J. V. Stalin
Source: J. V. Stalin on Post-War International Relations
Publisher: Soviet News, 1947
Transcription/Markup: Brian Reid for MIA, 2008
Public Domain: Marxists Internet Archive (2008). You may freely copy, distribute, display and perform this work; as well as make derivative and commercial works. Please credit “Marxists Internet Archive” as your source.
The following answers were given by J. V. Stalin to questions put by the Moscow correspondent of the “Sunday Times,” Mr. Alexander Werth, in a note addressed to Stalin on September 17, 1946.
Question: Do you believe in a real danger of a “new war” concerning which there is so much irresponsible talk throughout the world today? What steps should be taken to prevent war if such a danger exists?
Answer: I do not believe in a real danger of a “new war.”
Those who are now clamouring about a “new war” are chiefly military-political scouts and their few followers from among the civilian ranks. They need this clamour if only:
(a) to scare certain naive politicians from among their counter-agents with the spectre of war, and thus help their own Governments to wring as many concessions as possible from such counter-agents;
(b) to obstruct for some time the reduction of war budgets in their own countries;
(c) to put a brake on the demobilisation of troops, and thus prevent a rapid growth of unemployment in their own countries.
One must strictly differentiate between the hue and cry about a “new war” which is now taking place, and a real danger of a “new war” which does not exist at present.
Question: Do you believe that Great Britain and the United States of America are consciously placing the Soviet Union in a state of “capitalist encirclement”?
Answer: I do not think that the ruling circles of Great Britain and of the United States of America could create a “capitalist encirclement” of the Soviet Union even if they so desired, which, however, I do not assert.
Question: To quote Mr. Wallace’s recent speech, may Britain, Western Europe and the United States be certain that Soviet policy in Germany will not become an instrument of Russian designs against Western Europe?
Answer: I exclude the use of Germany by the Soviet Union against Western Europe and the United States of America. I consider this out of the question, not only because the Soviet Union is bound with Great Britain and France by the Treaty of Mutual Assistance against German aggression, and with the United States of America by the decisions of the Potsdam Conference of the three Great Powers, but also because a policy of making use of Germany against Western Europe and the United States of America would mean the departure of the Soviet Union from its fundamental national interests.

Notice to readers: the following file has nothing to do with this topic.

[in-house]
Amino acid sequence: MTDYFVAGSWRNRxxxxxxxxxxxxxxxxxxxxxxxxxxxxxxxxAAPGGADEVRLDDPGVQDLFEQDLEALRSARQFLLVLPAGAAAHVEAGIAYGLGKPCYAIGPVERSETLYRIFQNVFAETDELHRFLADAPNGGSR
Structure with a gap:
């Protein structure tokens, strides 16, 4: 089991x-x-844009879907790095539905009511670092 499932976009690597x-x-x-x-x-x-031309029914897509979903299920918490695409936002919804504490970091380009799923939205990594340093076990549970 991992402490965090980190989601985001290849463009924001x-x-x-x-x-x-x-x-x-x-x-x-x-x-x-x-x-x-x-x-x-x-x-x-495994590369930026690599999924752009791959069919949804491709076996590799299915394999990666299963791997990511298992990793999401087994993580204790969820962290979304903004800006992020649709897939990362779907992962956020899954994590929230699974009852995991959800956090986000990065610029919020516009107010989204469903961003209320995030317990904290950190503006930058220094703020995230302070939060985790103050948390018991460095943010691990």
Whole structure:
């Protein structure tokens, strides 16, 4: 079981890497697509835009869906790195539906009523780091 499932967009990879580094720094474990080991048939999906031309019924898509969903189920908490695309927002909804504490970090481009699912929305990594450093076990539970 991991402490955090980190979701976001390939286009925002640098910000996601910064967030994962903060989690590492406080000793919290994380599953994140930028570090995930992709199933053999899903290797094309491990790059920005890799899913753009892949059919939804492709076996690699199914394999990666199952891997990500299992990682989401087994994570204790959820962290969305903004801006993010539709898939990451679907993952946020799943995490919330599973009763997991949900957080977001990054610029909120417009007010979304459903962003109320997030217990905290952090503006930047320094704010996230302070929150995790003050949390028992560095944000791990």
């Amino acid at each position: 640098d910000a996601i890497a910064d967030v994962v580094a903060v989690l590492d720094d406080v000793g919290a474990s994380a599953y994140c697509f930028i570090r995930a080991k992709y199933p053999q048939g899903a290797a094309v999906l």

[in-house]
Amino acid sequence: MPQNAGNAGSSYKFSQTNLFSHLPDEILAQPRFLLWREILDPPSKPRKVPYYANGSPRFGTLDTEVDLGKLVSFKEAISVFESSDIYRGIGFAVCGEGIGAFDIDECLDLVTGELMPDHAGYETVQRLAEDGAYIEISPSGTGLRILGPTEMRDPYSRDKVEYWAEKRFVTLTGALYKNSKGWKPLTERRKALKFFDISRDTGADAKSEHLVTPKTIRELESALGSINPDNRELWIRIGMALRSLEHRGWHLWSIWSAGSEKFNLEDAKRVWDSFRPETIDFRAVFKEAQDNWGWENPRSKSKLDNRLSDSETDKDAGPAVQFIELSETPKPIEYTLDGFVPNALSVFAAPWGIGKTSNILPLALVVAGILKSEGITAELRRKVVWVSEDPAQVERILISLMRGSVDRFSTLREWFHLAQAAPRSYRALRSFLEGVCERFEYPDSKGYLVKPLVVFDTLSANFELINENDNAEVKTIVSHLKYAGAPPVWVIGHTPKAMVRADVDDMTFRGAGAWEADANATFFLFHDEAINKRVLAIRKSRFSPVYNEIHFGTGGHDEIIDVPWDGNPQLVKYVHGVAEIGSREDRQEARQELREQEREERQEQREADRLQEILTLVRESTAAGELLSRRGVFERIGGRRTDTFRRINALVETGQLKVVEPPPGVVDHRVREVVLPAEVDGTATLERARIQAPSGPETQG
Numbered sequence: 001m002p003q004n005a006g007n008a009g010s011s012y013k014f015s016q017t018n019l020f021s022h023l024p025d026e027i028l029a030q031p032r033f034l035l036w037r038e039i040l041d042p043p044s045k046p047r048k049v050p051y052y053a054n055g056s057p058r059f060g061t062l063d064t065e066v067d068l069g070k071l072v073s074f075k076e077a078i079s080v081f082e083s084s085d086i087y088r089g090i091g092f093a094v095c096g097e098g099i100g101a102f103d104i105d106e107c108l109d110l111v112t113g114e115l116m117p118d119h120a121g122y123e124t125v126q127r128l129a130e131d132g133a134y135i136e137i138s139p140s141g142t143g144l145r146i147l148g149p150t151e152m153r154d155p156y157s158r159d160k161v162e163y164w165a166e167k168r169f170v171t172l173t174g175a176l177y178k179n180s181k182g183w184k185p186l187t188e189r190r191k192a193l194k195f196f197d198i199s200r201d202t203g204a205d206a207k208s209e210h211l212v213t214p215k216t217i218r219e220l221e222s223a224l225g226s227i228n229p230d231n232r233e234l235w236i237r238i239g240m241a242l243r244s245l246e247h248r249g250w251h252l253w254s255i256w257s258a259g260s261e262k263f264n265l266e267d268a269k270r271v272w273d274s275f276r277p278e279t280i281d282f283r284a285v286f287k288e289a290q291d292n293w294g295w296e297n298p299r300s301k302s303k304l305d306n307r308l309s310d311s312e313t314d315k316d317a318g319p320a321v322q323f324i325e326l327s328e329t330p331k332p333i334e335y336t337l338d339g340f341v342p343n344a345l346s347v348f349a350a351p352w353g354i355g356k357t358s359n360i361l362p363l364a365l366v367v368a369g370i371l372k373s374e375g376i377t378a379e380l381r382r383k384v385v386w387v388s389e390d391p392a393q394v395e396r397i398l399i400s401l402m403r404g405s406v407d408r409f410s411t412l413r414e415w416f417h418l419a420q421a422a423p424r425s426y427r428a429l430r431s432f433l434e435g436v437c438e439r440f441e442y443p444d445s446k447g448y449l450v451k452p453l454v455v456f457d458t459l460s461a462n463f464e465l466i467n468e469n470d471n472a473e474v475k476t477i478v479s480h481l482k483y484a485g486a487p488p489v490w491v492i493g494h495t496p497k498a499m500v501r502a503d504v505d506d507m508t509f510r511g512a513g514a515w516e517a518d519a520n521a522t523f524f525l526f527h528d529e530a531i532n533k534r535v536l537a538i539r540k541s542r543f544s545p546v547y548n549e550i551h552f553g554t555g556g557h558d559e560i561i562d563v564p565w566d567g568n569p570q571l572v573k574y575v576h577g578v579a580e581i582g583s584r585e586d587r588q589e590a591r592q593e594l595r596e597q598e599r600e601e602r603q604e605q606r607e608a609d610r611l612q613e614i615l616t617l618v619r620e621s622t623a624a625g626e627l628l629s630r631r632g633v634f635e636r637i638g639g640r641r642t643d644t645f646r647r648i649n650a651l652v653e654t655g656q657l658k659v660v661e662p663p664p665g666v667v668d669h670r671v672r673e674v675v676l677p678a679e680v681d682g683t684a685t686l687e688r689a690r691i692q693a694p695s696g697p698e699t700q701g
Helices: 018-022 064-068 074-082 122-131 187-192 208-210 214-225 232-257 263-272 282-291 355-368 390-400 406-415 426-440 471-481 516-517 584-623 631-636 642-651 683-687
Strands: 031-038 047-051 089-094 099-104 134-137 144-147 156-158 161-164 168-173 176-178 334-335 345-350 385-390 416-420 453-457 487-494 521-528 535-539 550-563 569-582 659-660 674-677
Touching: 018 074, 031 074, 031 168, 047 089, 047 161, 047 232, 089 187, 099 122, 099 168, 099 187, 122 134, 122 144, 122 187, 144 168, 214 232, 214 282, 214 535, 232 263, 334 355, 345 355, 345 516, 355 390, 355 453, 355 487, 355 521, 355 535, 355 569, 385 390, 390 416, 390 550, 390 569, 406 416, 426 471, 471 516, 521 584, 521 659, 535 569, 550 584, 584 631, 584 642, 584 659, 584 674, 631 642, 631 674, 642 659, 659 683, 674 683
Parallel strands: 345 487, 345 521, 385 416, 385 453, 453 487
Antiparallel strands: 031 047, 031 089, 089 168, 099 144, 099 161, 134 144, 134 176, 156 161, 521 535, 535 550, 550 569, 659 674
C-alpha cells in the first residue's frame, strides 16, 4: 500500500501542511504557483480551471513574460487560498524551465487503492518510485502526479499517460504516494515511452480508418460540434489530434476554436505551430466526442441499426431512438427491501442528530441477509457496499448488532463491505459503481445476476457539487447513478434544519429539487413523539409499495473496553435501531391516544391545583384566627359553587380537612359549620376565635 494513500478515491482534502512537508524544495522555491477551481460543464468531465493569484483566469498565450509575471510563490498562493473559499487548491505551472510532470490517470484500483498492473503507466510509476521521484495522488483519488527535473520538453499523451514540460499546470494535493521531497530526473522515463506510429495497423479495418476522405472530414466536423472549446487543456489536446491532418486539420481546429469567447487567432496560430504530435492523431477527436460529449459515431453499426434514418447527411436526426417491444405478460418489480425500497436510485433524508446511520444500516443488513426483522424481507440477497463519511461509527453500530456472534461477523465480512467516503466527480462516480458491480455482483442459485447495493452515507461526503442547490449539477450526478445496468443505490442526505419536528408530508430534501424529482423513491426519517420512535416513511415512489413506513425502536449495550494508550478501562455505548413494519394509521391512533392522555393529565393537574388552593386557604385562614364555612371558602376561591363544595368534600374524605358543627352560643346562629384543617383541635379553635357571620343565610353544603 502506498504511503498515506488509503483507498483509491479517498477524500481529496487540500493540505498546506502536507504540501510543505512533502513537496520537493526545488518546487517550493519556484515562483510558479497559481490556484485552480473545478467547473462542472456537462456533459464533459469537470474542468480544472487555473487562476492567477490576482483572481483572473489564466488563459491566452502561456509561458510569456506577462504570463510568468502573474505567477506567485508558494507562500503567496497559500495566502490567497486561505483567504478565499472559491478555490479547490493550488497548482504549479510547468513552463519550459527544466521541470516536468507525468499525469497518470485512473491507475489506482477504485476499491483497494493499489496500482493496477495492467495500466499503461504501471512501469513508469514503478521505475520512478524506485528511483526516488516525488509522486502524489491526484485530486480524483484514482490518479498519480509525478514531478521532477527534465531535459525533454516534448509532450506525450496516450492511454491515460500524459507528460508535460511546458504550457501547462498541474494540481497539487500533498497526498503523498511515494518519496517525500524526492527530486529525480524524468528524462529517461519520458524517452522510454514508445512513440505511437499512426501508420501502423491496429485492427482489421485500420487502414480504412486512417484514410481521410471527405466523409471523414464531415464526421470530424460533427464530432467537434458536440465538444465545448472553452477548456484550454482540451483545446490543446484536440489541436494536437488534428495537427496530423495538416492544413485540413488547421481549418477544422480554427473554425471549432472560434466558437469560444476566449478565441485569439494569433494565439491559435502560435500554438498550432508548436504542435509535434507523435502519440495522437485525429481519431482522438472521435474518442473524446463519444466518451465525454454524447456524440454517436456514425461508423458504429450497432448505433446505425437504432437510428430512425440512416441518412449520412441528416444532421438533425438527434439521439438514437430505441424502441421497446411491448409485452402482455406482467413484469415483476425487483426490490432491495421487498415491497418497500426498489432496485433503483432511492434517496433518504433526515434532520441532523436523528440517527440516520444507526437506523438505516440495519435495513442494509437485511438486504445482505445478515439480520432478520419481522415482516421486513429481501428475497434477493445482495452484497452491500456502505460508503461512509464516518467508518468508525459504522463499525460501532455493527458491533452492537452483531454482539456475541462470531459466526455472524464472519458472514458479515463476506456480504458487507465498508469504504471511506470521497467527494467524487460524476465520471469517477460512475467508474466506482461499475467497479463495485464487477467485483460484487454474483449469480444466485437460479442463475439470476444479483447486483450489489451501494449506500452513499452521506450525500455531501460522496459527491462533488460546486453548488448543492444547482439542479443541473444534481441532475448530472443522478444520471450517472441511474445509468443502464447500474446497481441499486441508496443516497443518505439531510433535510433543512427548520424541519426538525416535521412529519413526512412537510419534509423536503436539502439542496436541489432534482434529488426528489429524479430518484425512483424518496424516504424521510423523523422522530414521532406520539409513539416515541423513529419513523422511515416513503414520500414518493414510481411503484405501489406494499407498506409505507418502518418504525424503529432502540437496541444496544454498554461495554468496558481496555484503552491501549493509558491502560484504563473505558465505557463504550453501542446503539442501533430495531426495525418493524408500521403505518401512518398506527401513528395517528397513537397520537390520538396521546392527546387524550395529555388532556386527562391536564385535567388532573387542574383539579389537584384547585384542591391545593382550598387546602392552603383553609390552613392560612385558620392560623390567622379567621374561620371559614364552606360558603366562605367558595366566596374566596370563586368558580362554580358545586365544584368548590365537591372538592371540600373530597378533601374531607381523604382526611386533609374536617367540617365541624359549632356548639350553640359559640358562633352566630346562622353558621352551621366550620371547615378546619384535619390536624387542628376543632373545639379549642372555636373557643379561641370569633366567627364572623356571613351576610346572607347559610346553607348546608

In short, the policy of the Soviet Union in relation to the German problem reduces itself to the demilitarisation and democratisation of Germany. I believe that the demilitarisation and democratisation of Germany form one of the most important guarantees of the establishment of a stable and lasting peace.
Question: What is your view of the charges that Communist Parties of Western Europe are having their policy “dictated by Moscow”?
Answer: I consider these charges absurd and borrowed from the bankrupt arsenal of Hitler and Goebbels.
Question: Do you believe in the possibility of friendly and lasting co-operation between the Soviet Union and the Western democracies despite the existence of ideological differences, and in the “friendly competition” between the two systems to which Mr. Wallace referred?
Answer: I believe in it absolutely.
Question: During the recent sojourn here of the Labour Party delegation you, as far as I understand, expressed certainty of the possibility of friendly relations between the Soviet Union and Great Britain. What could help in establishing these relations so profoundly desired by the broad masses of the British people?
Answer: I am indeed convinced of the possibility of friendly relations between the Soviet Union and Great Britain. The strengthening of political, commercial and cultural bonds between these countries would considerably contribute to the establishment of such relations.
Question: Do you believe the earliest withdrawal of all American forces in China to be vital for future peace?
Answer: Yes, I do.
Question: Do you believe that virtual monopoly by the U.S.A. of the atom bomb one of the main dangers to peace?
Answer: I do not believe the atom bomb to be as serious a force as certain politicians are inclined to think. Atomic bombs are intended for intimidating the weak-nerved, but they cannot decide the outcome of war, since atom bombs are by no means sufficient for this purpose. Certainly, monopolistic possession of the secret of the atom bomb does create a threat, but at least two remedies exist against it:
(a) Monopolist possession of the atom bomb cannot last long;
(b) Use of the atom bomb will be prohibited.
Question: Do you believe that with the further progress of the Soviet Union towards Communism the possibilities of peaceful co-operation with the outside world will not decrease as far as the Soviet Union is concerned? Is “Communism in one country” possible?
Answer: I do not doubt that the possibilities of peaceful co-operation, far from decreasing, may even grow. “Communism in one country” is perfectly possible, especially in a country like the Soviet Union.